“Our students prepare for their futures by going out to the grocery store, eating out at restaurants, and doing some recreational activities. Getting students out into the community, and having access to those resources is beneficial for their goals. Other times, students go out to job sites to gain work experience with a job coach. We’re pretty busy!”

Teaching Life Skills for Independence

A teacher in front of their classroom, photographed from the students' perspective.The Independent Futures’ curriculum, My Full Life, equips transition teachers with the resources they need to save time. With these lesson plans, learning is more targeted to students’ specific needs. “When you are teaching life skills, you are pulling material from everywhere,” Annamarie said. “My Full Life helps me keep track of my students’ accomplishments.”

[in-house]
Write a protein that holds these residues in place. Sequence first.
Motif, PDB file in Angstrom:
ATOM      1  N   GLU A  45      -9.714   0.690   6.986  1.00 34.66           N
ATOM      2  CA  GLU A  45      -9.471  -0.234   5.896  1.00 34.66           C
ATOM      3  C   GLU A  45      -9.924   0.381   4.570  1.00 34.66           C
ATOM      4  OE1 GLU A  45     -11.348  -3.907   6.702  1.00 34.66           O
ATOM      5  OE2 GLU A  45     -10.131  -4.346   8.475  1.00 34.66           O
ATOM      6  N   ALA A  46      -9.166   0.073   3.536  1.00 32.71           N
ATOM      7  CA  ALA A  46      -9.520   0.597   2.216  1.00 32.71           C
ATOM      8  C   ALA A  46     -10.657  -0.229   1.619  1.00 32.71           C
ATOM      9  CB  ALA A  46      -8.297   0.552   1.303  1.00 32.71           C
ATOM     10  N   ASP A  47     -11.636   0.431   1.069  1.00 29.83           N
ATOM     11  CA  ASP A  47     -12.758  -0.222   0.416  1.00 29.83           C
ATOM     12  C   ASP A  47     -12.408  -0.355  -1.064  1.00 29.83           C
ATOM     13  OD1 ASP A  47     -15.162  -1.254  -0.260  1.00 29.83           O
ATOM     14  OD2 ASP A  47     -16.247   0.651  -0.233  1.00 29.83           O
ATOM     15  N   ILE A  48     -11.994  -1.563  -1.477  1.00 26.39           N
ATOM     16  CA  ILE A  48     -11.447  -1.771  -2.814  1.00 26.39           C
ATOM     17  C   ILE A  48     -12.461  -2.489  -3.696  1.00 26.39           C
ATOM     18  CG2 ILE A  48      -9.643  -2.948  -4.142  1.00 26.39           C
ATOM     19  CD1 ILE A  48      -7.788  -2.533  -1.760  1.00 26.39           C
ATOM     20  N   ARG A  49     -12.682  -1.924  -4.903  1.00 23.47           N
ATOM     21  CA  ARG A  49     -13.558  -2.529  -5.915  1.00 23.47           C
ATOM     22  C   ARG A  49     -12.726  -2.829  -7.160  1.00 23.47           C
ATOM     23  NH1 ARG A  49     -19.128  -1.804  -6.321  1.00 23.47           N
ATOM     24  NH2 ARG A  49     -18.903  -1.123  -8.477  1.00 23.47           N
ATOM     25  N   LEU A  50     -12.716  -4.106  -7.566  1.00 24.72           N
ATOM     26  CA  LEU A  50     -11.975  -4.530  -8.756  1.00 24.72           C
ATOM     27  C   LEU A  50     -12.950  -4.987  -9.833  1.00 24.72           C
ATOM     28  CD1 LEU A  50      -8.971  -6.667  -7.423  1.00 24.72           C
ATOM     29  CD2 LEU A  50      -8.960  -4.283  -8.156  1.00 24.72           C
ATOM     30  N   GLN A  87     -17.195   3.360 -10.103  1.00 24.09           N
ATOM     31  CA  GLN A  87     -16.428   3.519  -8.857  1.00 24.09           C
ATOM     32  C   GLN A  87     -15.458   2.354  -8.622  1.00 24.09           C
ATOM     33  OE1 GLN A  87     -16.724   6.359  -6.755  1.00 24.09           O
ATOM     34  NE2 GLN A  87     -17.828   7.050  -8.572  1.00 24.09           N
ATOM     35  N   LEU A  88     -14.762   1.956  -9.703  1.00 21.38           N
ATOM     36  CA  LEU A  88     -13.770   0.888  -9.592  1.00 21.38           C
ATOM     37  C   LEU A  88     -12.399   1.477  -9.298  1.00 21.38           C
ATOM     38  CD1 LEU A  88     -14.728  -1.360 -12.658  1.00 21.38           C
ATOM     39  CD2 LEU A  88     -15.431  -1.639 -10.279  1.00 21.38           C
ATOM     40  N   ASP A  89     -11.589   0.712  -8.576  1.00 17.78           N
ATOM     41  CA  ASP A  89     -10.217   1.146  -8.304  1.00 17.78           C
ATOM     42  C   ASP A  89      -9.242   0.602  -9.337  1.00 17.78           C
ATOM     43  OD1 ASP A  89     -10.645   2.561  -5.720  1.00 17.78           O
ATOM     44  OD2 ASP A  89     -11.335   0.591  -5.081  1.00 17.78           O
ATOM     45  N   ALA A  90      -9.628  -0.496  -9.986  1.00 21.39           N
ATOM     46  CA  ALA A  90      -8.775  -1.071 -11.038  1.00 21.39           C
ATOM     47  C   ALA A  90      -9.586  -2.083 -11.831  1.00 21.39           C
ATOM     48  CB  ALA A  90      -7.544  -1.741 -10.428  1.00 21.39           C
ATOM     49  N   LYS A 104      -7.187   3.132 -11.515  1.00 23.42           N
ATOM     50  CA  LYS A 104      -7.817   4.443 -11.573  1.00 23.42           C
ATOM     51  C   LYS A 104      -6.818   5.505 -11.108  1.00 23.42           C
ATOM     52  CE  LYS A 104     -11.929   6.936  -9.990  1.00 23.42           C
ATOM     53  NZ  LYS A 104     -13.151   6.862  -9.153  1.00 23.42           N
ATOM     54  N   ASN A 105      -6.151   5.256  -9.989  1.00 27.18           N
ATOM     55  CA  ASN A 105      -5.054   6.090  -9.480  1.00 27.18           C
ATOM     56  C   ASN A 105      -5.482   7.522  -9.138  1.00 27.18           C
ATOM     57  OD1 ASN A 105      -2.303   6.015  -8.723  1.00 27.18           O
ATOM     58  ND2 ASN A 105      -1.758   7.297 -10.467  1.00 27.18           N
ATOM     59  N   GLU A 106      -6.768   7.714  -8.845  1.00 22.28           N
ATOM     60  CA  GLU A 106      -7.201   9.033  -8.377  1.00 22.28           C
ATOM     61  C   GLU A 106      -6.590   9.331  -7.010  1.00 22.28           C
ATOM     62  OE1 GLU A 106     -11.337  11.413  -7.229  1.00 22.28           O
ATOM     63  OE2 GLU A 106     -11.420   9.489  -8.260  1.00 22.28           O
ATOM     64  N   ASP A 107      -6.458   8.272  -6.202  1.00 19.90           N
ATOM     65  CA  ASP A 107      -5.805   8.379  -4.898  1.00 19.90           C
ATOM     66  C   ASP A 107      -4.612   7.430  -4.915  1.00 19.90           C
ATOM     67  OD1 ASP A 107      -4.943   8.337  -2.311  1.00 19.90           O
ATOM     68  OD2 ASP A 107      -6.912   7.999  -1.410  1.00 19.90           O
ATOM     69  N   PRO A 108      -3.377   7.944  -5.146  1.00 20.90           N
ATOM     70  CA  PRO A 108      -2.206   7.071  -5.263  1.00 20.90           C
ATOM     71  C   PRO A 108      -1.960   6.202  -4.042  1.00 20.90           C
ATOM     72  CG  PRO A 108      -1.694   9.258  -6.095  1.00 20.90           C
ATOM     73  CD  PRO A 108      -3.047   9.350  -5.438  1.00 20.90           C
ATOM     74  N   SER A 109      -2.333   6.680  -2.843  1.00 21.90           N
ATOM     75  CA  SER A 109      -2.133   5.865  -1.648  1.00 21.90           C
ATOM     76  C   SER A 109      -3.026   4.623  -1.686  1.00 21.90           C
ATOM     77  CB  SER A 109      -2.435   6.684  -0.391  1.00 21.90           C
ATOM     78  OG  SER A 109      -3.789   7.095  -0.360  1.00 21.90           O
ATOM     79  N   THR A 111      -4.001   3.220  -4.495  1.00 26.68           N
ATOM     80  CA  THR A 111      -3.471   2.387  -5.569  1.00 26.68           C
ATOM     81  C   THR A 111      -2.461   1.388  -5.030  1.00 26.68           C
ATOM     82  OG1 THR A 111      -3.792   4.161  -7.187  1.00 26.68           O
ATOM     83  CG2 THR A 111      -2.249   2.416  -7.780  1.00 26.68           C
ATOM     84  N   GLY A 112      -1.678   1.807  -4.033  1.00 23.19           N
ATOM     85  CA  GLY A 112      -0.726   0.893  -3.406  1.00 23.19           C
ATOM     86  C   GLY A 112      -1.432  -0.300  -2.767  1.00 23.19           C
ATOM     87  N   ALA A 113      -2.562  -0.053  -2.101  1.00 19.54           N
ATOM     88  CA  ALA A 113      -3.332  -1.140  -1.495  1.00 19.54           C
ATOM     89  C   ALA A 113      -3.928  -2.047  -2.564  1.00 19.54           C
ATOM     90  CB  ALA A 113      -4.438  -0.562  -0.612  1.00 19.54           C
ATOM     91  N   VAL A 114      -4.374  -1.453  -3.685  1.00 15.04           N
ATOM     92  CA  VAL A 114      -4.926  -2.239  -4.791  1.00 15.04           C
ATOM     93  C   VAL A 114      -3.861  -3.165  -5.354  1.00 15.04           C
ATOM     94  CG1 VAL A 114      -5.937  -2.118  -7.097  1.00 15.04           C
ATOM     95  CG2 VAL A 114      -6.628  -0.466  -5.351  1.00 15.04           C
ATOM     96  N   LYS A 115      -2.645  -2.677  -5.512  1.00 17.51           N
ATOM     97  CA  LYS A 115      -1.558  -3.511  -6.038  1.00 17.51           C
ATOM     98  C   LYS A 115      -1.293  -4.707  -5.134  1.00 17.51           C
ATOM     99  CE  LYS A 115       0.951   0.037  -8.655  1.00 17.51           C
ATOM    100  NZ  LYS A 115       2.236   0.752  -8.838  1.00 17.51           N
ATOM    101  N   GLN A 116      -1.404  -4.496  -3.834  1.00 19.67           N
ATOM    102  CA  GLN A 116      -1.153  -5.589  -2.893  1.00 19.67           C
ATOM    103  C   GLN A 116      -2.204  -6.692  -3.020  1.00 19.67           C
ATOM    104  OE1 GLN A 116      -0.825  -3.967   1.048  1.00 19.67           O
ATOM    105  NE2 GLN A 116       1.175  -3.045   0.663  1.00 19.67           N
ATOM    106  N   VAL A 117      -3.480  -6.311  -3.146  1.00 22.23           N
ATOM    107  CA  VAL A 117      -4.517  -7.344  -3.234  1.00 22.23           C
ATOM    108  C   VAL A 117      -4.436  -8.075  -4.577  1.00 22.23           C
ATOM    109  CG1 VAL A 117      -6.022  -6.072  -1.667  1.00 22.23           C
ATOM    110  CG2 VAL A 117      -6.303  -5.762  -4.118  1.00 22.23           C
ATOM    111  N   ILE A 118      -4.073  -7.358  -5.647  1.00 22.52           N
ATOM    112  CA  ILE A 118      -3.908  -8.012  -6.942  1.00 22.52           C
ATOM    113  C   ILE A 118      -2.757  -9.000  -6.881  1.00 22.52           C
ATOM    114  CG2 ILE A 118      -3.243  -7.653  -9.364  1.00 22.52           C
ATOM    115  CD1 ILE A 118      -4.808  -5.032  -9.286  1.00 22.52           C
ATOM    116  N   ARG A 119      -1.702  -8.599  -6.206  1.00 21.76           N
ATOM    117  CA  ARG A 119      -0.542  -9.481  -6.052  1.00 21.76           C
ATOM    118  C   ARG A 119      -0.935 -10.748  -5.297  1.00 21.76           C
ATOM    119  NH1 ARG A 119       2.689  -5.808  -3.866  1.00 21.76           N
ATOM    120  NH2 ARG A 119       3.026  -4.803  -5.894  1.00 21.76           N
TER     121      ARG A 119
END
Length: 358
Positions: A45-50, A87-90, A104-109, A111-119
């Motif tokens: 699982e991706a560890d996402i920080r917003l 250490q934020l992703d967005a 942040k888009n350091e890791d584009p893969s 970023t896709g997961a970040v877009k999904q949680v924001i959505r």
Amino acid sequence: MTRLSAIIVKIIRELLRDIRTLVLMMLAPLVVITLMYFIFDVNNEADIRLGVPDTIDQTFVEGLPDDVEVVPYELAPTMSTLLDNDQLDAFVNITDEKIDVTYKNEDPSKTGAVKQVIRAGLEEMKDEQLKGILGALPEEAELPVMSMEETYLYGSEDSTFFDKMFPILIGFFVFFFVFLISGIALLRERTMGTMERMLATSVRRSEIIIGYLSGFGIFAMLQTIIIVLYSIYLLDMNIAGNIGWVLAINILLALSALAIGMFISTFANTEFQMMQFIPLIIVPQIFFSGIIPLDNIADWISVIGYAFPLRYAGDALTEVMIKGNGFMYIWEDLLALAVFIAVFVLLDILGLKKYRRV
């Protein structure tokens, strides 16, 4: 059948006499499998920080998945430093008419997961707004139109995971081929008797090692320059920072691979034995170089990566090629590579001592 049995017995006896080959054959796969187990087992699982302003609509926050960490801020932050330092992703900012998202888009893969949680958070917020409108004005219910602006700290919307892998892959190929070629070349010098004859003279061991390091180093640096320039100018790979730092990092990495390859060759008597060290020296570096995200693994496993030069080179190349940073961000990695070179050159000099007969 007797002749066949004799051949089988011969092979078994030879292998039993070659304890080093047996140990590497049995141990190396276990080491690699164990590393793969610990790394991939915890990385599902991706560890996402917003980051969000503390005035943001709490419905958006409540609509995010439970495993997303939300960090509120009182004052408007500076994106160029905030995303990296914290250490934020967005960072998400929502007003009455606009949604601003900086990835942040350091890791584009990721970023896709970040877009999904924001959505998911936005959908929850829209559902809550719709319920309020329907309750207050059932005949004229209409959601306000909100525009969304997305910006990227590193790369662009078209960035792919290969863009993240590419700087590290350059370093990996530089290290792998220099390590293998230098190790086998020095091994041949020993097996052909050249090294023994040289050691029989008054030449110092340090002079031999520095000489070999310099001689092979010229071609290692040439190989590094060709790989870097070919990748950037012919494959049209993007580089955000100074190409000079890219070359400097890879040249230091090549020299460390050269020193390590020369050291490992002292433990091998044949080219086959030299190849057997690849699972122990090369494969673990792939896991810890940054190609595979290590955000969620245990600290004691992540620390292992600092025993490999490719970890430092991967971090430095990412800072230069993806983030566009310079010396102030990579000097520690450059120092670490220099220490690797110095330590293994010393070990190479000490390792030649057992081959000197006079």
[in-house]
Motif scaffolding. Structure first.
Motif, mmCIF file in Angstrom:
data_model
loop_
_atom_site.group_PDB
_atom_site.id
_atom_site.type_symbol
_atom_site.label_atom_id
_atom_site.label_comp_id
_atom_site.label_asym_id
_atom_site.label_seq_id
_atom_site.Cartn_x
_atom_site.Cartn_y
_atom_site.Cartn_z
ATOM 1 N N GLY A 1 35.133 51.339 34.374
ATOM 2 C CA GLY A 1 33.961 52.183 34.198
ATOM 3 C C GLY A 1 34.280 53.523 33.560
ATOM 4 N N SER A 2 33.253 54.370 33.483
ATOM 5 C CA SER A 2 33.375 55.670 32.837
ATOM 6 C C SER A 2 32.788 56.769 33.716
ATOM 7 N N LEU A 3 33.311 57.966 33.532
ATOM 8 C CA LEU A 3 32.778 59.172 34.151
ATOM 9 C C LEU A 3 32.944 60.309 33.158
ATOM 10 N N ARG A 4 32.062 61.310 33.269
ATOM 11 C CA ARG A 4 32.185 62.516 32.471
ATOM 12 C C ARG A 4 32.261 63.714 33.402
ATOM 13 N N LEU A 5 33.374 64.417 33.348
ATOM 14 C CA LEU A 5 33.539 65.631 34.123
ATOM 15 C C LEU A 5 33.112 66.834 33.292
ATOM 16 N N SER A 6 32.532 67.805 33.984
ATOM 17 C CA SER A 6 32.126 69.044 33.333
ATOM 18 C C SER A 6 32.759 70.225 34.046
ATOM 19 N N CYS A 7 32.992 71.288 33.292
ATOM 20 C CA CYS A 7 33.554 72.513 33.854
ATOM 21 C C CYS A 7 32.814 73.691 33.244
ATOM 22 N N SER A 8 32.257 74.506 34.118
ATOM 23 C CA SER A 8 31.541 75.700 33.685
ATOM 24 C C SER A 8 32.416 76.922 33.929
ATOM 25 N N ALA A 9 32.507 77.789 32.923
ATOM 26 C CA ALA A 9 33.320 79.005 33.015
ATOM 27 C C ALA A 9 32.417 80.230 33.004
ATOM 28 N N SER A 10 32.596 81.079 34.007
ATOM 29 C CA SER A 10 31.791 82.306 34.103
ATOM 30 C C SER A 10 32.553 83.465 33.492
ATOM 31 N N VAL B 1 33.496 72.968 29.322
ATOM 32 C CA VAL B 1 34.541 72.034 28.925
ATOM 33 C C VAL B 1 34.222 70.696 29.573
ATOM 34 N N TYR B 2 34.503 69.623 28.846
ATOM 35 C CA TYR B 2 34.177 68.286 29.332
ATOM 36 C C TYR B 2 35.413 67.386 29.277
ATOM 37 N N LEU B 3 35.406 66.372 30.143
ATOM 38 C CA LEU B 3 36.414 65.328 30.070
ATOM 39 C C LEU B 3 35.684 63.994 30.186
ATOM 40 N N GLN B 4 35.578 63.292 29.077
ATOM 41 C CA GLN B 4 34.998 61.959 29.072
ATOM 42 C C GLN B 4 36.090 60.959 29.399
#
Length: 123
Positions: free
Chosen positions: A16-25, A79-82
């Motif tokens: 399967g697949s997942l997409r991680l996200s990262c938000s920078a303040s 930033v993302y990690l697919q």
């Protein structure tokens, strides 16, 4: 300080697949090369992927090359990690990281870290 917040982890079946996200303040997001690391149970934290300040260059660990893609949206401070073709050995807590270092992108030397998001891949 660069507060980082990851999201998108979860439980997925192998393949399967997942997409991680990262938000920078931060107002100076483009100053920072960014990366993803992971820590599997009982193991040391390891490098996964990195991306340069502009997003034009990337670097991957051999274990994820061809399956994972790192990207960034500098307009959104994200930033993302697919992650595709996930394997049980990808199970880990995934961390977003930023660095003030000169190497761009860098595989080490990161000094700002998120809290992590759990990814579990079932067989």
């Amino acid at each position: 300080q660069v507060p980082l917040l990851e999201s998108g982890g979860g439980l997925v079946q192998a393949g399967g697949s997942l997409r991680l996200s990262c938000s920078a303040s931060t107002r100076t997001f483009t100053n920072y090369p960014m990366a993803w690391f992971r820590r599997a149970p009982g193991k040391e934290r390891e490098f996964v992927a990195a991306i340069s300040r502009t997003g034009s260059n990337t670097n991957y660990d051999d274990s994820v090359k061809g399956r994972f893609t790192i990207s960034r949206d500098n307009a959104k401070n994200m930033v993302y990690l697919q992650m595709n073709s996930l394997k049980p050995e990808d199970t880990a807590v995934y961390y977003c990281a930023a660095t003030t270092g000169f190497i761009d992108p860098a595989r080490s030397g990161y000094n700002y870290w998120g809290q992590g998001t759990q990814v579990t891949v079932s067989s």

With our online application, Lake Zurich students may use computers or mobile devices to engage in the learning process, set specific goals, create action plans, and track progress. “Because the curriculum is online, they can easily access it on their iPads,” observed Annamarie. “It’s so great for everybody, but specifically for our students who are visual learners.” According to Center for Independent Futures’ School and Agency Consultant Marney Orchard, “It is great to see the young adults at Lake Zurich discovering new things about themselves and making plans for their futures.”

Impacting Students’ Futures

woman leaning over to help student at a computerAll of the components of My Full Life result in real improvements in students’ lives. Annamarie can use My Full Life to track IEP goals, conduct skill assessments, and see each component of full lives. And students can take this information with them into their future. “It’s helpful to have something for students to take with them after leaving the program at 22,” Annamarie explained.